Shredding the Safety-Net, Again

I’ll have to admit, following stories about the war on women has occupied much of my time of late; so much so that I’ve paid less attention to the accelerating war on the poor. Not being given to conspiracy theories, I’ll refrain from suggesting that this might be part of the point of the big “WoW,” to distract us from what they’re doing to the bottom portion of the 99 percent so that they can give even more tax breaks to the top 1 percent. Of course, women are justifiably alarmed by the recent upsurge in misogynistic rhetoric and action. While we raise our voices against the most neanderthal officials and pundits, let's also raise a stink about the ongoing war on the poor (and speak up about how they are related).

The most recent salvo in the war on the poor comes from Paul Ryan, Chair of the House Budget Committee. While Romney claims he’s not worried about the poor, because, after all, we’ve got a safety-net in this country, Paul Ryan claims to be very, very concerned about the poor. He thinks the social safety-net has weakened their moral fiber. This came up during discussions of his budget proposal, which dismantles what’s left of the safety-net while granting larger tax breaks to corporations and wealthy individuals. Ryan would cut spending on welfare, food stamps, public pension plans, public health and other such programs by $5.3 trillion. He would make cuts that effectively dismantle health care reform (which he claims adds to the problem of dependence on government), which means, among other things, people with pre-existing conditions will once again have the ‘right’ to lose their insurance.

To make sure the poor are no longer coddled by Medicaid, he would cut it by $770 trillion. As for students who want to go to college, he will liberate them (and give them more backbone) by slashing all forms of federal aid. And for unemployed workers who want to learn new skills, he would show them tough love by cutting funds for training programs.

Because, in Ryan-logic, these programs are demeaning. Here’s what he said in a speech to the American Enterprise Institute: A generous safety net “lulls able-bodied people into lives of complacency and dependency, which drains them of their very will and incentive to make the most of their lives.”

So what’s the answer, Paul? Reduce the top individual and corporate tax rates to 25 percent, giving the wealthiest Americans an average tax cut of at least $150,000 a year. Because, they know how to use it; when government gets out of the way, they create jobs and investments. (Never mind that it has not been working that way for the past 40 years; have we learned nothing from the great recession)?

If I were trying to write a parody of conservative themes about programs for the poor, (most of which benefit people in the middle as well) I couldn’t do better than this. All of the key conservative themes are here: bootstrap individualism, negative role of government (when it comes to social spending) and positive role of market competition (let people sink or swim as they compete for resources). If you fail, it is all your fault. If a disproportionate number of the poor are people of color, don’t even think that structural racism may play a role (and if you say it does, you are a racist). It is the clearest articulation of social Darwinism I’ve seen in a long time.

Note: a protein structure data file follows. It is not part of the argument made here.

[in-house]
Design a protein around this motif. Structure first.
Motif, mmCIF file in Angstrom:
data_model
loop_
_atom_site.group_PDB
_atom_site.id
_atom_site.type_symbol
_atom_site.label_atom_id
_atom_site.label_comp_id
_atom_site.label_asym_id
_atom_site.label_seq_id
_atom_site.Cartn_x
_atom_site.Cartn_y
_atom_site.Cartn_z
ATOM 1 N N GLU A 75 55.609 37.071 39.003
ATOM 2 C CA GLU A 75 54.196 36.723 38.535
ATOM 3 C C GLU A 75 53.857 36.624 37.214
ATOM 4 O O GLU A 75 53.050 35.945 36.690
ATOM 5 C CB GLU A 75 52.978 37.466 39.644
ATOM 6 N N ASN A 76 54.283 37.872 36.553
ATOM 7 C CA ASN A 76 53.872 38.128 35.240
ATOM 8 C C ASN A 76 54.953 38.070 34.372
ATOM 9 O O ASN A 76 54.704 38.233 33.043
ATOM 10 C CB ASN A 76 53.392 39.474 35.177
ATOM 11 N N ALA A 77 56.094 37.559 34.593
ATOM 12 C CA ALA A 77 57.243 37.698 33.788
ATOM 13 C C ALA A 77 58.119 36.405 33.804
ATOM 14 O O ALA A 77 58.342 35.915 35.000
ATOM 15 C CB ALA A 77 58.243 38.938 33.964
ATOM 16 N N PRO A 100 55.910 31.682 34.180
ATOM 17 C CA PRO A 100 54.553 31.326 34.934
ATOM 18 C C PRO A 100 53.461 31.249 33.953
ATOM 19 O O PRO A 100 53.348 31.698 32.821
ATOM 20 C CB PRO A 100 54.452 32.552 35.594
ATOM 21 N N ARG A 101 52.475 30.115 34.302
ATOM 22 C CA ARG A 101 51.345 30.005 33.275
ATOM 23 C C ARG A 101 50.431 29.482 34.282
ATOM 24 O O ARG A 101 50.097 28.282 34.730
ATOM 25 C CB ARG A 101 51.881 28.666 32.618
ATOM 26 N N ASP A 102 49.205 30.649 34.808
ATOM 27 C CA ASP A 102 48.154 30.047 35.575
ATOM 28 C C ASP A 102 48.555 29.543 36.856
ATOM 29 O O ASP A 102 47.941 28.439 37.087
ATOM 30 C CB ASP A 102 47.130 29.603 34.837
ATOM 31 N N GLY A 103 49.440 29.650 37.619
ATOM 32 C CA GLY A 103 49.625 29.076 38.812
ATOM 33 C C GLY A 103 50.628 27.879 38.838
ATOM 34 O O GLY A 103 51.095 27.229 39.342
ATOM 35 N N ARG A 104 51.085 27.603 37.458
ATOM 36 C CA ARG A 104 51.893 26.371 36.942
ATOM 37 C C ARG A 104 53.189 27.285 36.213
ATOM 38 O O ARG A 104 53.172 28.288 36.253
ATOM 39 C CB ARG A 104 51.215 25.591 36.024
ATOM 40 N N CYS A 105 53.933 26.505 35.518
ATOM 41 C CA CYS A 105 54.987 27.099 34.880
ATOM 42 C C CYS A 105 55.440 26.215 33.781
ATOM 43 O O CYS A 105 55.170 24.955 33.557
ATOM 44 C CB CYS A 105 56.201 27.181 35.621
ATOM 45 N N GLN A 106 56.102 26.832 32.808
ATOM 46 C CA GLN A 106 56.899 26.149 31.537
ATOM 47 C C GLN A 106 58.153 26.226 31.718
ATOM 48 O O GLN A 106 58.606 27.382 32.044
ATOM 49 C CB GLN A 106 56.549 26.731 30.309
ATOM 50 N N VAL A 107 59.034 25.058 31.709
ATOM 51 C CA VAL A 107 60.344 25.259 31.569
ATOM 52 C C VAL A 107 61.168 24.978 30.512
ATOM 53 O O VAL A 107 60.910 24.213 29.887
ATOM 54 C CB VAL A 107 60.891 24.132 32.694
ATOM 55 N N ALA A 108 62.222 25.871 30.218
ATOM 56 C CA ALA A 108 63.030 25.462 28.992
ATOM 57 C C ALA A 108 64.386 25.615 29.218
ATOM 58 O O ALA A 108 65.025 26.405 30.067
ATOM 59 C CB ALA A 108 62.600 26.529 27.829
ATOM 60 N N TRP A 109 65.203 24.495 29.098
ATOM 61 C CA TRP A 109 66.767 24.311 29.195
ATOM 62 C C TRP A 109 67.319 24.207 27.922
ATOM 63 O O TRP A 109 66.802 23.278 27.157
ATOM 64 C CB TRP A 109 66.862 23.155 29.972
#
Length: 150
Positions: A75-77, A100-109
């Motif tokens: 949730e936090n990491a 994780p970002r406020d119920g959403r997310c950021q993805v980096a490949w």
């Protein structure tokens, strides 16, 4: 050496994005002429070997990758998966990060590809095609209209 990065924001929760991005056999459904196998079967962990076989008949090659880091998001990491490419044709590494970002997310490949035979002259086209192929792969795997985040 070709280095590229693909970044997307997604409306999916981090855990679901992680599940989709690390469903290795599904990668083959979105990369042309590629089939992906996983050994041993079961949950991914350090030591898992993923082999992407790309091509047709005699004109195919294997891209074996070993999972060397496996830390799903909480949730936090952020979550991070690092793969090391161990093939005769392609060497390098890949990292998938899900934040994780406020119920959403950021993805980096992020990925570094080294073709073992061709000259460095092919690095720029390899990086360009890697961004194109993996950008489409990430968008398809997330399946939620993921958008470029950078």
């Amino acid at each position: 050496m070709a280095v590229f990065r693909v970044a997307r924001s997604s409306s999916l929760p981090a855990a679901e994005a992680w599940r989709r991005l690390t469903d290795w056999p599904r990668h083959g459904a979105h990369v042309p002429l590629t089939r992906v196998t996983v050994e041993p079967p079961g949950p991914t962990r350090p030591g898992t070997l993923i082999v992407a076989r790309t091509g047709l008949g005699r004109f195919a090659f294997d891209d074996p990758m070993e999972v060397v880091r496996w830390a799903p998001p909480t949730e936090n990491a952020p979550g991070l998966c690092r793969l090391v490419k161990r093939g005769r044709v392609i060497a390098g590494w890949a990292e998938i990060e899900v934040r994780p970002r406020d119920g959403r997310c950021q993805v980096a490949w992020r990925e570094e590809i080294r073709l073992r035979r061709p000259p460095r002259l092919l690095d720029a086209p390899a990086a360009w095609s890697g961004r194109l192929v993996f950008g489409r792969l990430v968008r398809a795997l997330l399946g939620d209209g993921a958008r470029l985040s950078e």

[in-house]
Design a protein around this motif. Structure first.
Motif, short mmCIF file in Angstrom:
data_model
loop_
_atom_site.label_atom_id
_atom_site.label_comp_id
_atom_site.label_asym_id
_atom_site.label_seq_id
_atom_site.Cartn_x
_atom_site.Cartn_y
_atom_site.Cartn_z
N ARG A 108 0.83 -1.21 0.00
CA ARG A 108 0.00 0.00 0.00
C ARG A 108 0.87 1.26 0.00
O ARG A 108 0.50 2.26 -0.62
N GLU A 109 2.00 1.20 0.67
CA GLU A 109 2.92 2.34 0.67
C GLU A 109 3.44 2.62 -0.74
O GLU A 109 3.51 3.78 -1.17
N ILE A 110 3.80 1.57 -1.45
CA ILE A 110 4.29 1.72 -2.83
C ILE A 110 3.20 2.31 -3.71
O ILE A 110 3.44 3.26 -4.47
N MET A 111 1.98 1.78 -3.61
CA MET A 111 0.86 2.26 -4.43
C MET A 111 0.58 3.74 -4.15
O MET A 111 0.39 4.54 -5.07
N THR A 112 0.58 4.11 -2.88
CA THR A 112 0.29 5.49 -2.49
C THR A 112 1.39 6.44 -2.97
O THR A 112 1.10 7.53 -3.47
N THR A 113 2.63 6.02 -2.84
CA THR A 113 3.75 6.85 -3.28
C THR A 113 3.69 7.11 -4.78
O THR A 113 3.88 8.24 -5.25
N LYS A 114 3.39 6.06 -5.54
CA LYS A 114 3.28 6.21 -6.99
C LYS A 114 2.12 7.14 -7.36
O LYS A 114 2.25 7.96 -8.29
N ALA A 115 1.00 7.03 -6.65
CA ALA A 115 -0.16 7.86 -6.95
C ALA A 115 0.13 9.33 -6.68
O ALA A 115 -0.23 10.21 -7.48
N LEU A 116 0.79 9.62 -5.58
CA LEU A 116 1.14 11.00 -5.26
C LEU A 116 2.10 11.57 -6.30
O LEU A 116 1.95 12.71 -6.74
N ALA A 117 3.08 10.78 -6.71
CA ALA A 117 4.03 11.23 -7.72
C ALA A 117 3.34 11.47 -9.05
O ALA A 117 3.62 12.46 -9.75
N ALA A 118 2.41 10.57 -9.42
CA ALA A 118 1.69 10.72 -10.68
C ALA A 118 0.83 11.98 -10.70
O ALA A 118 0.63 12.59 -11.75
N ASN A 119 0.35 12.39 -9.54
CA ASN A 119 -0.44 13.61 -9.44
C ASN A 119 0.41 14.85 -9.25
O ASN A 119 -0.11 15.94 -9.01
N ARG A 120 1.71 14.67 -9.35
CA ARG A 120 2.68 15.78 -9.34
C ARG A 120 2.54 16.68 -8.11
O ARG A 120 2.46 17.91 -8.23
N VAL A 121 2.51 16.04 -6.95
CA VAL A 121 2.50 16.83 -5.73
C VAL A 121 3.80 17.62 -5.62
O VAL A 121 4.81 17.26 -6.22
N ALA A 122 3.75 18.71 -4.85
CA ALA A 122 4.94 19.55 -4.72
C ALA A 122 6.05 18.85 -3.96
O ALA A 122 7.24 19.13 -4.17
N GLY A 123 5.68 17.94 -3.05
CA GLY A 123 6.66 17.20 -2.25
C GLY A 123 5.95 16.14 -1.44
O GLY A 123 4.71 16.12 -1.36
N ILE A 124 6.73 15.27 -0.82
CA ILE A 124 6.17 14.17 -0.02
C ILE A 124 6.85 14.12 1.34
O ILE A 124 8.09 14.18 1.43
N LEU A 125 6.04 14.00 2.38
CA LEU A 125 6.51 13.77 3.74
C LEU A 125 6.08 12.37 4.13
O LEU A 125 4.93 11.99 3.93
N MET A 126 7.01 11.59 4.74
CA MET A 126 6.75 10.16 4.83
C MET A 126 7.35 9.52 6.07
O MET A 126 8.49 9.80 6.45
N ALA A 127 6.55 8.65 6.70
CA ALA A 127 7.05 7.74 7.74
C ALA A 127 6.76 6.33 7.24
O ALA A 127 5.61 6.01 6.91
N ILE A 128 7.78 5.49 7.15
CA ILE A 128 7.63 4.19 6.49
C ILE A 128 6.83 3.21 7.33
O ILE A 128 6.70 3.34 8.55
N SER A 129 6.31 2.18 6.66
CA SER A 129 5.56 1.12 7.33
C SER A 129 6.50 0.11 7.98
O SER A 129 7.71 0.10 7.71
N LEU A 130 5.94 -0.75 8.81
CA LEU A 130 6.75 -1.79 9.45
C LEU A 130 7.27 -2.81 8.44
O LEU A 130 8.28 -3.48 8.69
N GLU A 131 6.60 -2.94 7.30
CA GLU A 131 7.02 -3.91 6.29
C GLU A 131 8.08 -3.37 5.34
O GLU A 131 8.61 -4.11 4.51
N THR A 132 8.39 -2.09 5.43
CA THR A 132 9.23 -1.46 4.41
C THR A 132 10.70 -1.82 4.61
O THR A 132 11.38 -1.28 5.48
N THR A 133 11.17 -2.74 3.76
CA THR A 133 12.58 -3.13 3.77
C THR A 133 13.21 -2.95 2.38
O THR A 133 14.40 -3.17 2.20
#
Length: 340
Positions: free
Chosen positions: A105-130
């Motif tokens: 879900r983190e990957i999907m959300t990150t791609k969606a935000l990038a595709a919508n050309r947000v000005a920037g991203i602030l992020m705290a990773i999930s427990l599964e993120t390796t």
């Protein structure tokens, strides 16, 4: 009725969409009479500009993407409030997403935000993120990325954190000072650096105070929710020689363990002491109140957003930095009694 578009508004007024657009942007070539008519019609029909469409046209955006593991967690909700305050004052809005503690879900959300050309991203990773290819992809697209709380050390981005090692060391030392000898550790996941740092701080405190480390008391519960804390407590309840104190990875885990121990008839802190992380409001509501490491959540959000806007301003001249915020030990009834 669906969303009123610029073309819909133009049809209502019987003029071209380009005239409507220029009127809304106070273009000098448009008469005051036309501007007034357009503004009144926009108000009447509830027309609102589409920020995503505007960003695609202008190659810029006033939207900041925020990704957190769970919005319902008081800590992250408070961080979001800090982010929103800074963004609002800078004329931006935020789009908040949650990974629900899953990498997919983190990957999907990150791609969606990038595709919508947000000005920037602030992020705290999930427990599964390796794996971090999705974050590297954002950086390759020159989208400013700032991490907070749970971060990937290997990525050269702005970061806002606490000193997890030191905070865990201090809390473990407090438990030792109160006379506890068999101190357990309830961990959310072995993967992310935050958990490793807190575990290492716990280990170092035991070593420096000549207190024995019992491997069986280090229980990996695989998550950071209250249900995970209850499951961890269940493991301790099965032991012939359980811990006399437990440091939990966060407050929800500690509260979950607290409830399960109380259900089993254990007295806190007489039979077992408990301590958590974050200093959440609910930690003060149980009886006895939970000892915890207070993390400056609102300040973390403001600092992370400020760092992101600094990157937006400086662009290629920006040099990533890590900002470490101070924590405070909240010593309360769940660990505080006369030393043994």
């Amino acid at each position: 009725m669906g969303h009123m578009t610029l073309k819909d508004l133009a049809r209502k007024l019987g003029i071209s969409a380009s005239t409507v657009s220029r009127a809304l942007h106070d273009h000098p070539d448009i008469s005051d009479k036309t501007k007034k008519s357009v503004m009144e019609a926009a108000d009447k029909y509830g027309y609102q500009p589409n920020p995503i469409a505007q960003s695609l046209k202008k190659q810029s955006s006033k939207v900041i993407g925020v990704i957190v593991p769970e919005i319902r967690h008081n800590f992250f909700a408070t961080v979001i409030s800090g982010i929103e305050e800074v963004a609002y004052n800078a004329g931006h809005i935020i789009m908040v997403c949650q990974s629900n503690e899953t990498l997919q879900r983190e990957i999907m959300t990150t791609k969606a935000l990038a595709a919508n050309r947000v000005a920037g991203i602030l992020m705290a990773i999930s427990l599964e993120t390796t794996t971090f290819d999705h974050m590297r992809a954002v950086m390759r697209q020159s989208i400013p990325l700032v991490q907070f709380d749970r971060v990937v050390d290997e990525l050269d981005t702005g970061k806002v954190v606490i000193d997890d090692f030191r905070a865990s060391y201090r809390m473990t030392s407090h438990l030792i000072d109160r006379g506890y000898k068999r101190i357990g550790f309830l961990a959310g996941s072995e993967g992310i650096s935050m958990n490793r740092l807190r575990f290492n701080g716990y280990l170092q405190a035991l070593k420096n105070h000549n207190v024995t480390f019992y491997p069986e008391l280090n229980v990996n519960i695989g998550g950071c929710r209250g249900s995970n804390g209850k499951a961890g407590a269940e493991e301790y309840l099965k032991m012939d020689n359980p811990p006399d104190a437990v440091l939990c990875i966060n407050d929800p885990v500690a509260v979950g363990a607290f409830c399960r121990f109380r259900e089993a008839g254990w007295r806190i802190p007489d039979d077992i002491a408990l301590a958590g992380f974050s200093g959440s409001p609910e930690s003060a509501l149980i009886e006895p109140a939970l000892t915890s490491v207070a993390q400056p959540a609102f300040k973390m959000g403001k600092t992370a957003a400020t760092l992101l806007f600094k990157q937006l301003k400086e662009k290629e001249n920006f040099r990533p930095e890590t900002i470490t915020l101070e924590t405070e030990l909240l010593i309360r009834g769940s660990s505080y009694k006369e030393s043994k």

The war on women and the war on the poor both hark back to times when social Darwinist ideas prevailed, and shaped public policy. Birth control was illegal and the safety-net was non-existent. Life was good, right? I guess we can thank Paul Ryan for reminding us that such ideas are once again mainstream, at least for conservative members of Congress, who have an outsized role in shaping legislation today.

Consider the (mostly) bipartisan JOBS bill, a boondoggle for Wall Street, masquerading as something for small businesses and start-up companies. JOBS, which stands for “Jump-start Our Business Start-ups” is an attempt to make it look like Congress is doing something for the economy; both parties were eager to pass something, anything. But in this climate, the best they can do is something that actually strengthens Wall Street’s hand, while further weakening the SEC’s oversight. According to the New York Times, the bill allows companies with up to $1 billion in annual revenue to ignore, for their first five years as a public company, regulations that were put in place after the dot-com bubble and the collapse of Enron. These include requirements to hire an outside independent auditor to attest to a company’s internal financial controls, and restrictions on how financial analysts interact with investment bankers in promoting a company’s stock. The bill enables a new way to sell shares, called ‘crowd-funding,’ which allows companies to solicit investments through the Internet to raise up to $1 million annually without registering their shares for public trading with the SEC. This significantly increases opportunities to defraud investors. The SEC has opposed the bill.

Given that lax reporting on the part of financial institutions has been a major factor in the recent collapse of financial markets, you’d think Congress would steer clear of legislation that encourages more of the same kind of recklessness. But no, in a time of social Darwinism, the so-called ‘job-creators’ get more perks, and more license to cheat small investors, while the poor get kicked to the curb. Could it be any clearer that the current Congress serves the 1 percent?